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This article describes how current and former welfare recipients receiving housing assistance differ from those not receiving assistance on various potential barriers to employment. The authors evaluate whether housing-assisted welfare recipients have different welfare and employment outcomes compared with unassisted welfare recipients. They examine eight outcomes: whether employed, whether on welfare, whether sanctioned, whether left a job, months on welfare, months employed, the number of hours worked, and the natural log of wages. They find more similarities than differences between women who receive housing assistance. In the authors’ multivariate analysis, they find housing assistance is not associated with the probability of receiving welfare or being sanctioned for noncompliance with the work requirement. Additionally, they find that support for the relationship between housing assistance and work outcomes is weak. Housing assistance has no effect on the probability of being employed, the natural log of weekly earnings, the percentage of months observed working, or the percentage of months observed receiving welfare. The authors find weak support for the role of vouchers in fostering attachment with employers and the role of public housing residence in increasing the number of hours worked on all jobs. (Authors)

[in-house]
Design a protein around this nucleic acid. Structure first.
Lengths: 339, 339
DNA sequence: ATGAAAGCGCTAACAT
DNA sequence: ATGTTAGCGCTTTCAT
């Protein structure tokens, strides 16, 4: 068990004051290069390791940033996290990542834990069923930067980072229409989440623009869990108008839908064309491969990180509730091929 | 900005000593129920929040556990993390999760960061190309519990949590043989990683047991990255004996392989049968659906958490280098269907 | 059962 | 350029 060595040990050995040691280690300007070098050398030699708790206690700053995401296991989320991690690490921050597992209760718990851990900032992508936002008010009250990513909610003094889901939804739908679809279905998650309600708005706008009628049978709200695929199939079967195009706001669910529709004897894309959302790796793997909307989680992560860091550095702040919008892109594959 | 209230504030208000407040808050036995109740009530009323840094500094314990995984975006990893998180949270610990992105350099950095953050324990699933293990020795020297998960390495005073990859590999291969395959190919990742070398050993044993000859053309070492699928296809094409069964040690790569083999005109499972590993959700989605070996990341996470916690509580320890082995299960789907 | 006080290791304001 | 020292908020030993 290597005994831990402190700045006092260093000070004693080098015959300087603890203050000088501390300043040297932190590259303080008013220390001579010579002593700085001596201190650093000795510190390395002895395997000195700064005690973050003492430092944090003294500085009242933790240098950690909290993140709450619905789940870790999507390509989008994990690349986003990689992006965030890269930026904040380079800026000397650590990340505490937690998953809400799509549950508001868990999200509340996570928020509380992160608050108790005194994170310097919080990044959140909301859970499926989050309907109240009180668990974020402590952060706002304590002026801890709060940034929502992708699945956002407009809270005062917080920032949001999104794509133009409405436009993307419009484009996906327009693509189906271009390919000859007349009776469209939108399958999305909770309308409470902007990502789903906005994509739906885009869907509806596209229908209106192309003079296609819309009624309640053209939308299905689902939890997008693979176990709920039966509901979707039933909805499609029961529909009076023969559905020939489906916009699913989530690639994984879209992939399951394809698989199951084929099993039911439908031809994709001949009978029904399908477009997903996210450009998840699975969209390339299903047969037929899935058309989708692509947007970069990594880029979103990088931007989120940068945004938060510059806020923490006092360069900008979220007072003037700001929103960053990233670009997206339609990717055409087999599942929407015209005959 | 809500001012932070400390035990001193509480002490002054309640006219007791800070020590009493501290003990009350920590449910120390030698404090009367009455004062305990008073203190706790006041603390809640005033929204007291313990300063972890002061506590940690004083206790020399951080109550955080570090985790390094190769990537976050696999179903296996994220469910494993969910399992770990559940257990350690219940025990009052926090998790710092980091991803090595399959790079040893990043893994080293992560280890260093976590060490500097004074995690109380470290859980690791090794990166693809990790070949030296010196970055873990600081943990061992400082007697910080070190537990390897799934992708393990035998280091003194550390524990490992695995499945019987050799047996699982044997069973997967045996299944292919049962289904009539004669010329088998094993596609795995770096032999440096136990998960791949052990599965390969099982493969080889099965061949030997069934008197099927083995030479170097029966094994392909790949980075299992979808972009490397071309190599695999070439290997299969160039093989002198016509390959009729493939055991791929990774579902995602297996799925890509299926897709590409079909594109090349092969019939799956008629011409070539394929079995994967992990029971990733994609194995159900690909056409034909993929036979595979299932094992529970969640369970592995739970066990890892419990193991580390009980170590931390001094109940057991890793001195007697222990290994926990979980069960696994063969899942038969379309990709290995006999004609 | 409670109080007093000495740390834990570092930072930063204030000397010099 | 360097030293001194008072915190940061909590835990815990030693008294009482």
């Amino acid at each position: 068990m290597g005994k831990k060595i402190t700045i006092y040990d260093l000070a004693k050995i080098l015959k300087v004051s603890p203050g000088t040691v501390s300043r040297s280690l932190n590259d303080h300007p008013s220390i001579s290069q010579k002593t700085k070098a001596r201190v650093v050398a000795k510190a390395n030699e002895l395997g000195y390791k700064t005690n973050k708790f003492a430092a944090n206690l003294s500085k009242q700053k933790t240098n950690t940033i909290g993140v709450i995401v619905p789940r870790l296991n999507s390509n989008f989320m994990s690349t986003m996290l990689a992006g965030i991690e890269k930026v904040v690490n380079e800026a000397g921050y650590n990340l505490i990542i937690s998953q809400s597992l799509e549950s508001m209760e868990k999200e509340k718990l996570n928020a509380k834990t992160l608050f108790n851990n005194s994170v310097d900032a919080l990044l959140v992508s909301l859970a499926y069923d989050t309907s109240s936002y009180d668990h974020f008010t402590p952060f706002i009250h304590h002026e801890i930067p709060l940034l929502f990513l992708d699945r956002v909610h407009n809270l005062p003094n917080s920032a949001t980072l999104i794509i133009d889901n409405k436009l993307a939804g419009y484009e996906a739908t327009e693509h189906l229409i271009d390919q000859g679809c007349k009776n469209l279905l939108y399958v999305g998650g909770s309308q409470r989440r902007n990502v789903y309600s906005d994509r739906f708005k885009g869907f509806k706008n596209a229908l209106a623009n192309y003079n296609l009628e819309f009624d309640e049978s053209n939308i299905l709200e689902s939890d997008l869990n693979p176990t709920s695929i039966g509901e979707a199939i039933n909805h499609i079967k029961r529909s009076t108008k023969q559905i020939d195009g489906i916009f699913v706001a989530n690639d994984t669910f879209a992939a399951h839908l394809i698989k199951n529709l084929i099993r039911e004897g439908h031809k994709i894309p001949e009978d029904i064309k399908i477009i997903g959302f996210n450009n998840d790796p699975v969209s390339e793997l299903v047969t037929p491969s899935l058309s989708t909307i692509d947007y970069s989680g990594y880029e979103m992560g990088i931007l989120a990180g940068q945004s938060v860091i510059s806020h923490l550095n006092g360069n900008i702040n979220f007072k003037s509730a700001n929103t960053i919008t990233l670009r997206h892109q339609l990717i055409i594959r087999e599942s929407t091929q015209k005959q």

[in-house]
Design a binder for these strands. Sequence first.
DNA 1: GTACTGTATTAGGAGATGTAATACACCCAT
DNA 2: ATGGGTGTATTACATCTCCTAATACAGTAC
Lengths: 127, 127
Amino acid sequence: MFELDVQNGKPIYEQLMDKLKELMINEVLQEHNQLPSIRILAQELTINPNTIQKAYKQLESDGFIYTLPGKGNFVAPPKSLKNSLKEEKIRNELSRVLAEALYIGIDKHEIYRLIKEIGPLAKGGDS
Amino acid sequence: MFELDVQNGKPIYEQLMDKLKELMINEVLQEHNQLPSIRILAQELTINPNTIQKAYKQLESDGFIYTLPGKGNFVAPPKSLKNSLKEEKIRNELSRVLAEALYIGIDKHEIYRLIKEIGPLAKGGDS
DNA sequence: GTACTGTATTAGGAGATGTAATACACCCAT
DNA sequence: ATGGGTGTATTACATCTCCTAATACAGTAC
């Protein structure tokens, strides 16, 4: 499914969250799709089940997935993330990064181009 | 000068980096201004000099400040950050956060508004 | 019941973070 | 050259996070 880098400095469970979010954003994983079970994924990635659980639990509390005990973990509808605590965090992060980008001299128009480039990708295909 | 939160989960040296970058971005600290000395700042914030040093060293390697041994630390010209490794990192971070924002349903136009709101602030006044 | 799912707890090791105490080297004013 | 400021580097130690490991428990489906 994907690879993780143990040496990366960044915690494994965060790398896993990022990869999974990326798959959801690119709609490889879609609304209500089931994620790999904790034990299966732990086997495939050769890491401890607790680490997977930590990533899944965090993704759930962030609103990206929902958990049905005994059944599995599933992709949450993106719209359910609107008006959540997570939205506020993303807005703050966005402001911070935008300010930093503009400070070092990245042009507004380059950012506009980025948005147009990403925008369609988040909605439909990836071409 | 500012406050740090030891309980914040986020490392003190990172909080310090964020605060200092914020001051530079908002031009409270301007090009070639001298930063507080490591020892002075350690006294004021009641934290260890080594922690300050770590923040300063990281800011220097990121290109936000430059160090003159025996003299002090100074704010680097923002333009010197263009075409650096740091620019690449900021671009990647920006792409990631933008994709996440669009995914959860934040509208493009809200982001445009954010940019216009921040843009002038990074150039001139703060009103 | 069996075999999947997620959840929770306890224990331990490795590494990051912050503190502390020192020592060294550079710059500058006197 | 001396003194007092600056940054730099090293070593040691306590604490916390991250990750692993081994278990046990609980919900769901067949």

Journal
2003
6
2
78-87
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